[Andrew Quitmeyer] is working on an experimental academic conference that might just put an end to the horrors of conference season. He’s creating his own conference called Dinacon, and it’s going to be cheaper to attend, even though it’s on a tropical island in the Pacific.

For this week’s Hack Chat, we’re going to be talking with [Andrew] about Dinacon, a free, two-month-long conference with over 140 attendees from every continent except Antarctica. [Andrew]’s research is in ‘digital naturalism’ at the National University of Singapore and blends biological fieldwork with DIY crafting. The focus of this conference will be workshops where participants build technology in the wild meant to interact with nature.

Not only is the intersection of DIY electronics interesting to the Hackaday community, this is also an interesting conference from a logistical standpoint. The conference philosophy spells it out pretty clearly, with the main takeaway being that [Andrew] is self-funding this conference himself. It’s only going to take about $10,000 USD to host this conference (!), and there are even a few travel stipends to go around. This is also a two-month-long conference. I assure you, after dealing with Supercons, Hackaday meetups, and all the other events Hackaday puts on, this is exceptionally interesting. It’s unheard of, even.

For this week’s Hack Chat, we’re going to be discussing:

  • What is digital Naturalism?
  • What does DIY electronics look like in the forest? 
  • What did you learn from Hacking The Wild
  • What kind of things do people make at Dinacon? 
  • What is the biggest bug that ever got into one of your electronics experiments? 

You are, of course, encouraged to add your own questions to the discussion. You can do that by leaving a comment on the Hack Chat Event Page and we’ll put that in the queue for the Hack Chat discussion.join-hack-chat

Our Hack Chats are live community events on the Hackaday.io Hack Chat group messaging. This week is just like any other, and we’ll be gathering ’round our video terminals at noon, Pacific, on Friday, June 8th.  Here’s a clock counting down the time until the Hack Chat starts.

Click that speech bubble to the right, and you’ll be taken directly to the Hack Chat group on Hackaday.io.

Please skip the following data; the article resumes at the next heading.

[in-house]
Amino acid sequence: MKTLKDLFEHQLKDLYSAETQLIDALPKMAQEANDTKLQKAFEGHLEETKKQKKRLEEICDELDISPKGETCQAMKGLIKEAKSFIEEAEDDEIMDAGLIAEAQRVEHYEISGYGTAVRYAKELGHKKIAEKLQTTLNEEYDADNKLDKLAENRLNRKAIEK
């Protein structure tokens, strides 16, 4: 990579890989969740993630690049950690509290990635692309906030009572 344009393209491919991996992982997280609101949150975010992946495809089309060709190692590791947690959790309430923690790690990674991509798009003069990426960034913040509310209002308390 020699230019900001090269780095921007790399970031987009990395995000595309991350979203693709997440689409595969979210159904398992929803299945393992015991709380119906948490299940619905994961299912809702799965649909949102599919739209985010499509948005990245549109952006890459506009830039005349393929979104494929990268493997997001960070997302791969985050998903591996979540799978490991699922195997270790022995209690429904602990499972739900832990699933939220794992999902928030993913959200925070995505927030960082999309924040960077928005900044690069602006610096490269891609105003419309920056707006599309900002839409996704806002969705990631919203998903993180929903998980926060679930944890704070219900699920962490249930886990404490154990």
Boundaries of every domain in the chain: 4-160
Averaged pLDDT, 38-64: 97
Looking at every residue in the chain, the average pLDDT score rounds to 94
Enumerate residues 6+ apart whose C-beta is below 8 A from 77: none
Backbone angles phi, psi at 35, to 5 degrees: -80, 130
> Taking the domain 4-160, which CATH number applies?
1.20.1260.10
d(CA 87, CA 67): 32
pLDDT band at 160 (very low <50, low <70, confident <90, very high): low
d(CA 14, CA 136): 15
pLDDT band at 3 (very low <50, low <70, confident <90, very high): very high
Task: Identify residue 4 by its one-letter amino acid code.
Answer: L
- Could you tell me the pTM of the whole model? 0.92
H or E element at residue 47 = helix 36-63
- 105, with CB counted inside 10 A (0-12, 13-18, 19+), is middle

You don’t have to wait until Friday; join whenever you want and you can see what the community is talking about.

Friday Hack Chat: Logic Noise

If you like your synthesizers glitchy, squawky, or simply quick-and-dirty, you won’t want to miss this week’s Hack Chat with Hackaday’s own [Elliot Williams], because he’ll be brain-dumping everything he knows about making music with 4000-series CMOS logic chips. Break out your breadboards!

Continue reading “Friday Hack Chat: Logic Noise”

Friday Hack Chat: Making Programming Easier

There is a long history of graphical programming languages. Some people don’t like to code, and for them, graphical programming languages replace semicolons and brackets with easy-to-understand boxes and wires.

This Friday, we’re going to be talking about graphical programming languages with [Boian Mitov]. He’s a software developer, founder of Mitov Software, and the creator of Visuino, a graphical programming language for the embedded domain. He specialized in video, audio, DSP, DAQ, industrial automation, communications, computer vision, artificial intelligence, as well as parallel and distributed computing. [Boian] is the author of the OpenWire open source technology, the IGDI+ open source library, the VideoLab, SignalLab, AudioLab, PlotLab, InstrumentLab, VisionLab, IntelligenceLab, AnimationLab, LogicLab, CommunicationLab, and ControlLab libraries, OpenWire Studio, Visuino, and author of the “VCL for Visual C++” technology.

For this Hack Chat, we’re going to be talking about ways to make programming microcontrollers easier. The focus of this discussion is Visuino, a graphical programming environment. Visuino allows anyone to program an Arduino, Teensy, or an ESP simply by connecting wires and choosing some logic. Think of it as a step above the programming environment that came with the Lego Mindstorms, Scratch, or whatever else MIT was coming out with in the early ‘aughts.

You are, of course, encouraged to add your own questions to the discussion. You can do that by leaving a comment on the Hack Chat Event Page and we’ll put that in the queue for the Hack Chat discussion.join-hack-chat

Our Hack Chats are live community events on the Hackaday.io Hack Chat group messaging. This week is just like any other, and we’ll be gathering ’round our video terminals at noon, Pacific, on Friday, May 25th.  Here’s a clock counting down the time until the Hack Chat starts.

Click that speech bubble to the right, and you’ll be taken directly to the Hack Chat group on Hackaday.io.

You don’t have to wait until Friday; join whenever you want and you can see what the community is talking about.